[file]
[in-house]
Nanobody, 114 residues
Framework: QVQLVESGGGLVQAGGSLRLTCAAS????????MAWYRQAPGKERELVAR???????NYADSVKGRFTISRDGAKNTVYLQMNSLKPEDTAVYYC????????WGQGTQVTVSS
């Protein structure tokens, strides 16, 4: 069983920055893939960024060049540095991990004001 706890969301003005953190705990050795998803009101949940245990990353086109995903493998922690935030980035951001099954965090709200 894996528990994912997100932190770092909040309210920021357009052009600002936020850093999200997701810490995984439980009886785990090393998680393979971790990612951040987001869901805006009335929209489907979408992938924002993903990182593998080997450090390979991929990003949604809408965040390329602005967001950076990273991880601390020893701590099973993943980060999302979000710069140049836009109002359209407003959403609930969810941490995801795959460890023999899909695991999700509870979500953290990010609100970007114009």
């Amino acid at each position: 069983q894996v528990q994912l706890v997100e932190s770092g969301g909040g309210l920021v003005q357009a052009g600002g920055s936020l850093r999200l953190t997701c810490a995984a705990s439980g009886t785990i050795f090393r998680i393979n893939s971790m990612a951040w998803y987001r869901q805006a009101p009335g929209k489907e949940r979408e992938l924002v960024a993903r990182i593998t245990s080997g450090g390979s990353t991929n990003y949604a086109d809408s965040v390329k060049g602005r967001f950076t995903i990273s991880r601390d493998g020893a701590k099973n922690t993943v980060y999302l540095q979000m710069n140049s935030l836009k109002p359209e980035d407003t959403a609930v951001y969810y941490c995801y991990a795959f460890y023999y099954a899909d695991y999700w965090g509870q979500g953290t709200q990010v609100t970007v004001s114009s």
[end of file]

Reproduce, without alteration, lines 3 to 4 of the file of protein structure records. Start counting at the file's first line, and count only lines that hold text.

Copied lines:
Framework: QVQLVESGGGLVQAGGSLRLTCAAS????????MAWYRQAPGKERELVAR???????NYADSVKGRFTISRDGAKNTVYLQMNSLKPEDTAVYYC????????WGQGTQVTVSS
């Protein structure tokens, strides 16, 4: 069983920055893939960024060049540095991990004001 706890969301003005953190705990050795998803009101949940245990990353086109995903493998922690935030980035951001099954965090709200 894996528990994912997100932190770092909040309210920021357009052009600002936020850093999200997701810490995984439980009886785990090393998680393979971790990612951040987001869901805006009335929209489907979408992938924002993903990182593998080997450090390979991929990003949604809408965040390329602005967001950076990273991880601390020893701590099973993943980060999302979000710069140049836009109002359209407003959403609930969810941490995801795959460890023999899909695991999700509870979500953290990010609100970007114009």